5. Mr X was unhappy with the Council’s response and said it had not apologised or offered any compensation for the initial error of it applying the retail discount to the account. He asked the Council to review his complaint further.
  6. The Council considered Mr X’s complaint further. It responded to Mr X and offered him another apology for any inconvenience the matter may have caused him. It said it could not offer any compensation to him and said its offer to extend the monthly instalment plan was reasonable to help him pay the outstanding debt.
  7. Mr X remained unhappy and complained to us.
  8. Later on, the Council contacted Mr X in relation to the debt which remained outstanding. The Council had issued Mr X with a court summons to recover the debt and urged him to clear it to avoid a liability order. Mr X informed the Council he wanted to attend the liability order hearing. However, prior to the court hearing, a Council Officer contacted Mr X and offered to clear the 2019/20 debt and cancel the court summons including any costs associated with it, if Mr X cleared the 2020/21 debt. This meant Mr X would have to pay £10863.00 and £3444.67 would be cleared. Mr X accepted this offer and paid £10863.00.
  9. A few days later, the Council Officer contacted Mr X and confirmed the Council had received the payment. The Council Officer also said, “In order to assist you I had offered to waive the charge for the 2019-2020 year. Unfortunately this was not within my remit to do so and please accept my sincere apology for any confusion caused. The debt continues to remain outstanding and must be paid”. As the Council had made an error, it offered Mr X an extended payment arrangement to clear the debt of £3444.67 over a 12-month period.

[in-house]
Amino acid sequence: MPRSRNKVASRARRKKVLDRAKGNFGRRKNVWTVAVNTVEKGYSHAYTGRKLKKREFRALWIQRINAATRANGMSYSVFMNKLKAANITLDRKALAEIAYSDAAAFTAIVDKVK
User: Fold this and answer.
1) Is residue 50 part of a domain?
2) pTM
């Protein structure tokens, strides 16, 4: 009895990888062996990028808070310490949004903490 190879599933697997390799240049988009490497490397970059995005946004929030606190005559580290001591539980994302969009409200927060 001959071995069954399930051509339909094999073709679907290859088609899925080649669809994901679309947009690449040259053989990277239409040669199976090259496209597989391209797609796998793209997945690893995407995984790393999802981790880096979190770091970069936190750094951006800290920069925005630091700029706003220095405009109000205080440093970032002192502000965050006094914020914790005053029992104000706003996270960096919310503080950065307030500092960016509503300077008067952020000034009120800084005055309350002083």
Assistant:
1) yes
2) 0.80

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Findings

  1. The Council wrongly applied a retail discount to Mr X’s company’s business rates account as it thought the business premises operated as a shop. Mr X’s business premises operates as an accountancy firm and so it was not eligible for the retail discount. This was fault.
  2. Mr X’s company was not eligible for the retail discount. The Council removed the discount when it became aware Mr X’s company was not eligible for it. It issued Mr X’s company with a bill in April 2021 which included a balance brought forward of £14297.92. When the Council realised its error, it was not at fault for correcting it. However, the Council failed to explain to Mr X why there was an additional amount for his company to pay. It then tried to take the money owed via the existing direct debit without any explanation. This was fault.